However, if I had to nitpick about this movie, I would say that it does not have quite the story you might expect nor one that is being publicized by the media. The movie is being marketed as a "fairy tale for adults" and as having some of the same elements that made Lord of the Rings so popular. But, I felt that too much of the movie centered around the story of Captain Vidal and the remaining civil war rebels hiding near his estate, such that the fantasy portion had only a small fraction of the scope and wonder of the Lord of the Rings trilogy.

If images of Pan, the Pale Man (the faceless creature with eyeballs in the palms of his hands), fairies, spooky gnarled trees, giant frogs, magical books, etc., make you want to go see this movie, be sure you also prepare yourself for gun fights in the woods, torture scenes, multiple executions by gunshot to the face, and a scene of someone stitching up their own major facial laceration. Some elements may be inspired by fairy tales, but a hefty portion of the film is still based in a cold, violent reality.

Oscar Awards

  • Win - Best Cinematography

  • Win - Best Art Direction

  • Win - Best Makeup

  • Nomination - Best Foreign Film

  • Nomination - Best Original Screenplay

  • Nomination - Best Original Score

Golden Globe Awards

  • Nomination - Best Foreign Language Film

Fun Fact from Wikipedia

Ivana Baquero, who plays Ofelia, is a few years older than screenwriter/director Guillermo del Toro had envisioned for the character. After casting Baquero, del Toro re-wrote the script to adjust for the age difference.

Fun Facts from Internet Movie Database

Doug Jones, who plays Pan and the Pale Man, was the only person on set who was American and did not speak Spanish. Jones learned his lines in Spanish and memorized Baquero's lines for Ofelia in Spanish as well because the machinery inside the Pan costume was so loud, he could not hear her lines. Del Toro thought he'd never get the story told because he once left his books of notes & drawings about the story in a cab. However, the cab driver found them, thought they were important, and at his own expense, tracked del Toro down to return the books. Del Toro took this as a blessing and was even more determined to make the movie.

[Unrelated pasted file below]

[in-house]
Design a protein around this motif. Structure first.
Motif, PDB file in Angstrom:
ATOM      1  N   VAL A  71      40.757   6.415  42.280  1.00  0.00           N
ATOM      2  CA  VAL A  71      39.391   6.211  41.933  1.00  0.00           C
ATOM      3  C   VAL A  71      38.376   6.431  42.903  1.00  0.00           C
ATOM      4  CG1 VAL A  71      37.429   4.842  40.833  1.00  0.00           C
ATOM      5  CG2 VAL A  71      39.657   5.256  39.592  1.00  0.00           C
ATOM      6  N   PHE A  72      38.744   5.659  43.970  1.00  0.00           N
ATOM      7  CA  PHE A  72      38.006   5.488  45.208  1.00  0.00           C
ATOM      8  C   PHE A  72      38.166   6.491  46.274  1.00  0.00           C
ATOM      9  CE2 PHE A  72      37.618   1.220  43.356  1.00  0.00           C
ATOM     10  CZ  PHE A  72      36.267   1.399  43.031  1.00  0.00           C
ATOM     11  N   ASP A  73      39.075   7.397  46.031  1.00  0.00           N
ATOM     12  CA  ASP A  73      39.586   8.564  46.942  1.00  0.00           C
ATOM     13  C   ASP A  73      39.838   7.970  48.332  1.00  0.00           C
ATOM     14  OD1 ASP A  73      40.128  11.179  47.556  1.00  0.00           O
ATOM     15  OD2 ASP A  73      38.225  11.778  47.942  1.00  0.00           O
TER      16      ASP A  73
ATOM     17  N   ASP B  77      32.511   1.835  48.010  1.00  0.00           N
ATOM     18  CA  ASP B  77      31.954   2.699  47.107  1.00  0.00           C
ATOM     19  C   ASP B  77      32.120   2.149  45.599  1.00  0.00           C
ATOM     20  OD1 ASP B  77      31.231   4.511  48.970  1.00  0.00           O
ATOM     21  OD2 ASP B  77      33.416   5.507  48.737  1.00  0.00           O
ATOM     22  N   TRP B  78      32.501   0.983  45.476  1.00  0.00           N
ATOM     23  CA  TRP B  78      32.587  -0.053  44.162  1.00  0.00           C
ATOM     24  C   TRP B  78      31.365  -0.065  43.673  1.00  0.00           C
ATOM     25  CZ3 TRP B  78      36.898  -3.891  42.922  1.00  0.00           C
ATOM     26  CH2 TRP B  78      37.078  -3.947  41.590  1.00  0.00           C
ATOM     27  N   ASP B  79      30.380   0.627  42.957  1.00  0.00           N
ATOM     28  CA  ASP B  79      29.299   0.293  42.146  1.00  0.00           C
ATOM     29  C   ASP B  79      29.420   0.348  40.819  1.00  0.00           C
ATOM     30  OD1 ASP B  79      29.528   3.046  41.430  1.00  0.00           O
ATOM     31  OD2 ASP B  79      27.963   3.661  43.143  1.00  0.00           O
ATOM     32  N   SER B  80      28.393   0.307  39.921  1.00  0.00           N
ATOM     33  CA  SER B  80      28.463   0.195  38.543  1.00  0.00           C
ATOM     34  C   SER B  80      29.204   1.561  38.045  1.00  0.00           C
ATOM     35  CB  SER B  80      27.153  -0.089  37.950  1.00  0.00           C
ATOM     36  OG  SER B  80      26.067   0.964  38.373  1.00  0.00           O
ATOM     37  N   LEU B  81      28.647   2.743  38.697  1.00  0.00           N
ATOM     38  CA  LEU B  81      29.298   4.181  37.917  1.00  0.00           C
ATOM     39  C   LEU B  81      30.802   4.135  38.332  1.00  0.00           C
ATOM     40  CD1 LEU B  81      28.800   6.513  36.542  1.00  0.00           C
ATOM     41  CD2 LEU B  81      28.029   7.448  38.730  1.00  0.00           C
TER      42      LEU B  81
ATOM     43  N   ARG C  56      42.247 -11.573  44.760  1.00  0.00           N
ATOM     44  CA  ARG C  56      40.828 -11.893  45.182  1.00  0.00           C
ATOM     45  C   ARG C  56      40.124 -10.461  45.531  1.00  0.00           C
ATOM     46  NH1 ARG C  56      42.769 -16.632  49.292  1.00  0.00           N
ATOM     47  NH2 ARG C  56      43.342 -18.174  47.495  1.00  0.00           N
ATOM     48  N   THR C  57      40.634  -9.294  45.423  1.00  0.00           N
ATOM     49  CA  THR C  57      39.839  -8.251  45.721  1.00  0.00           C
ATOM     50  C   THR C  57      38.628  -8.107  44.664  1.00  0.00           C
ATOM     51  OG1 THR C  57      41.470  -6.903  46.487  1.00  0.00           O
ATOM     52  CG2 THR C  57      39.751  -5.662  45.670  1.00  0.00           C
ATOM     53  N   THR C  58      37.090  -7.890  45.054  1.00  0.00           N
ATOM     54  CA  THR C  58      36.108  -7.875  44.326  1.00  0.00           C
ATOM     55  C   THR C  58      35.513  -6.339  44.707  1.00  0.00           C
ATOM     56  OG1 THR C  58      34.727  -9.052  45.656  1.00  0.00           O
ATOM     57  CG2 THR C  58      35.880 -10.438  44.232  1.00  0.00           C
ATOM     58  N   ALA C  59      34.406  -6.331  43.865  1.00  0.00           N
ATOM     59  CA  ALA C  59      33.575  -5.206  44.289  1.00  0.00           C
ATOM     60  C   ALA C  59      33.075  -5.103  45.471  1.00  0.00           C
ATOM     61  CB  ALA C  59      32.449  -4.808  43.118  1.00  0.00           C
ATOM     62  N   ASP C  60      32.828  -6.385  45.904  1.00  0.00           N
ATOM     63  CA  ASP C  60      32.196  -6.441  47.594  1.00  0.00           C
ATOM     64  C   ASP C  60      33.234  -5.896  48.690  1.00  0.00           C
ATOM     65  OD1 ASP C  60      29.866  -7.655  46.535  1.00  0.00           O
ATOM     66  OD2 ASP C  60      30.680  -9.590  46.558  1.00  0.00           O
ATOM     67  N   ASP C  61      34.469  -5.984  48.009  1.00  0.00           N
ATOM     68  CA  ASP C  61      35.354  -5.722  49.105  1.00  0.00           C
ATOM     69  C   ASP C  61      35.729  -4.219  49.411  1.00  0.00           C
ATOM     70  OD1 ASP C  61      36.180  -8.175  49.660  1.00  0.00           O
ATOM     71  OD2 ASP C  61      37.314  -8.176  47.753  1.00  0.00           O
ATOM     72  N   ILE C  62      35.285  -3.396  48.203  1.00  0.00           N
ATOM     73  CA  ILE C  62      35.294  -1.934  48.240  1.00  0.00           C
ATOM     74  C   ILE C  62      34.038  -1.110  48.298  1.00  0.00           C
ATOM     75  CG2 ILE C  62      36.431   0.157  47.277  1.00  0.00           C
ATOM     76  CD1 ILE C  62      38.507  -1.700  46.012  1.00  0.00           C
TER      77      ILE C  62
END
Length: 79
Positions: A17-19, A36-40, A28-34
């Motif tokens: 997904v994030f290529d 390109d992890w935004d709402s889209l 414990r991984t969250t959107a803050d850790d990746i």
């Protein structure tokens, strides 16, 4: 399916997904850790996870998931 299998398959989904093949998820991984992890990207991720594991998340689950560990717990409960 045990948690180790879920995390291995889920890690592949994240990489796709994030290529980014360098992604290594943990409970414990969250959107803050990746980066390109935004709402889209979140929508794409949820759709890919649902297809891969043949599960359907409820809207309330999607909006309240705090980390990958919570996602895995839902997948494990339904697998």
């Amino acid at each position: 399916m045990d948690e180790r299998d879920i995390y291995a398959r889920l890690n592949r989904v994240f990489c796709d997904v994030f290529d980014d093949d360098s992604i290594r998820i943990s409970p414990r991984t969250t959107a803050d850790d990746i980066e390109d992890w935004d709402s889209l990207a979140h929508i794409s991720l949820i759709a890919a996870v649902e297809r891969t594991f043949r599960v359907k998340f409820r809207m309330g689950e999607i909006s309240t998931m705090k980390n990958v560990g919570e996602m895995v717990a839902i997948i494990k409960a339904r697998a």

Monday, January 29, 2007

Screen Actors Guild Awards

I'm more behind on my movie reviews than I would like. In addition to The Queen, Children of Men, and Dreamgirls, I've also seen Pan's Labyrinth, Rocky Balboa, Flags of Our Fathers, The Departed, and Babel. I hope to review those soon.

Until then...

The SAG (Screen Actors Guild) Awards were last night. I didn't watch, but I caught up on the nominations & wins from the internet this morning. I still have a few gaps in my movie viewing that I hope to catch up in the next two weeks (Volver, Notes on a Scandal, The Last King of Scotland, Letters form Iwo Jima, Blood Diamond, Little Miss Sunshine, and United 93), but here are the list of SAG nominees and winners with my opinions on what I've seen so far.

Best Motion Picture Cast

  • Babel

  • Bobby

  • The Departed

  • Dreamgirls

  • Little Miss Sunshine -- Winner

I saw The Departed on Friday and Babel on Sunday. I think both movies, overall, aren't as good as their hype, especially Babel. However, The Departed did have good performances from an all-star cast. I rented Little Miss Sunshine on DVD but haven't watched it yet, and I don't plan on seeing Bobby. To me, Dreamgirls has had the best ensemble cast I've seen so far, this award season. I wish they had won.

[Updated 12:35AM Sat 03 Feb 2007: I just watched Little Miss Sunshine on DVD, and it's official... Dreamgirls got robbed in this category!!! Little Miss Sunshine had some fairly decent performances, but nothing compared to the performances in Dreamgirls. Plus, the cast of Dreamgirls was given far better material to work with too. I was actually pretty disappointed in Little Miss Sunshine.]

Best Motion Picture Lead Actor

  • Leonardo DiCaprio (Blood Diamond)

  • Ryan Gosling (Half Nelson)

  • Peter O'Toole (Venus)

  • Will Smith (The Pursuit of Happyness)

  • Forest Whitaker (The Last King of Scotland) -- Winner

So far, I've only seen The Pursuit of Happyness. Will Smith was good enough to get nominated but not quite good enough to win. I plan on seeing The Last King of Scotland soon, soley on the hype of Whitaker's performance, and I may force myself to go see Blood Diamond even though I'm not thrilled to do so.